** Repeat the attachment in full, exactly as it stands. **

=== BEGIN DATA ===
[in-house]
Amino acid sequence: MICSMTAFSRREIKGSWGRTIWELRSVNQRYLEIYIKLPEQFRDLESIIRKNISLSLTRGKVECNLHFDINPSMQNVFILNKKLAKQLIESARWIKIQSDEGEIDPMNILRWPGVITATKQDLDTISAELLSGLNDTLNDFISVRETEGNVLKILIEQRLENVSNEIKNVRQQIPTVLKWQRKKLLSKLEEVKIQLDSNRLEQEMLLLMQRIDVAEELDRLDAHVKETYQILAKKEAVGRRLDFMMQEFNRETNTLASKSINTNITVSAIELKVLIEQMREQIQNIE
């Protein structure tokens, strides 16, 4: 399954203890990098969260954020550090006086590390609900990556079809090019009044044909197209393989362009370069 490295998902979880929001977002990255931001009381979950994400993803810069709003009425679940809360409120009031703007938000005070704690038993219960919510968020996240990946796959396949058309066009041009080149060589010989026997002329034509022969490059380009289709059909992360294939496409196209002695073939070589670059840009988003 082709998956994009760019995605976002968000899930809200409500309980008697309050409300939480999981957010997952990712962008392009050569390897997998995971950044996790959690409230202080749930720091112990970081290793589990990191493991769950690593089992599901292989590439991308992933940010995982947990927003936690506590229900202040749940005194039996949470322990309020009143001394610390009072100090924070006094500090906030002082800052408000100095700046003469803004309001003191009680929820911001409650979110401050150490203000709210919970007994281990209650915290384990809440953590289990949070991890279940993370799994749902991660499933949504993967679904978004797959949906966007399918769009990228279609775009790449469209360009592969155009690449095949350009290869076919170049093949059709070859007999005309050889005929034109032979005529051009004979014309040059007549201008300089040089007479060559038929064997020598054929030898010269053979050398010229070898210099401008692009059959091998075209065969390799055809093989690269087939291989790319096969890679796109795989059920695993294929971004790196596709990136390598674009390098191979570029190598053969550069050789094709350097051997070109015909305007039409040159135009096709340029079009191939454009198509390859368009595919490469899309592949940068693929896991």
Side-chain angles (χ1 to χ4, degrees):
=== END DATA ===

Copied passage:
[in-house]
Amino acid sequence: MICSMTAFSRREIKGSWGRTIWELRSVNQRYLEIYIKLPEQFRDLESIIRKNISLSLTRGKVECNLHFDINPSMQNVFILNKKLAKQLIESARWIKIQSDEGEIDPMNILRWPGVITATKQDLDTISAELLSGLNDTLNDFISVRETEGNVLKILIEQRLENVSNEIKNVRQQIPTVLKWQRKKLLSKLEEVKIQLDSNRLEQEMLLLMQRIDVAEELDRLDAHVKETYQILAKKEAVGRRLDFMMQEFNRETNTLASKSINTNITVSAIELKVLIEQMREQIQNIE
């Protein structure tokens, strides 16, 4: 399954203890990098969260954020550090006086590390609900990556079809090019009044044909197209393989362009370069 490295998902979880929001977002990255931001009381979950994400993803810069709003009425679940809360409120009031703007938000005070704690038993219960919510968020996240990946796959396949058309066009041009080149060589010989026997002329034509022969490059380009289709059909992360294939496409196209002695073939070589670059840009988003 082709998956994009760019995605976002968000899930809200409500309980008697309050409300939480999981957010997952990712962008392009050569390897997998995971950044996790959690409230202080749930720091112990970081290793589990990191493991769950690593089992599901292989590439991308992933940010995982947990927003936690506590229900202040749940005194039996949470322990309020009143001394610390009072100090924070006094500090906030002082800052408000100095700046003469803004309001003191009680929820911001409650979110401050150490203000709210919970007994281990209650915290384990809440953590289990949070991890279940993370799994749902991660499933949504993967679904978004797959949906966007399918769009990228279609775009790449469209360009592969155009690449095949350009290869076919170049093949059709070859007999005309050889005929034109032979005529051009004979014309040059007549201008300089040089007479060559038929064997020598054929030898010269053979050398010229070898210099401008692009059959091998075209065969390799055809093989690269087939291989790319096969890679796109795989059920695993294929971004790196596709990136390598674009390098191979570029190598053969550069050789094709350097051997070109015909305007039409040159135009096709340029079009191939454009198509390859368009595919490469899309592949940068693929896991």
Side-chain angles (χ1 to χ4, degrees):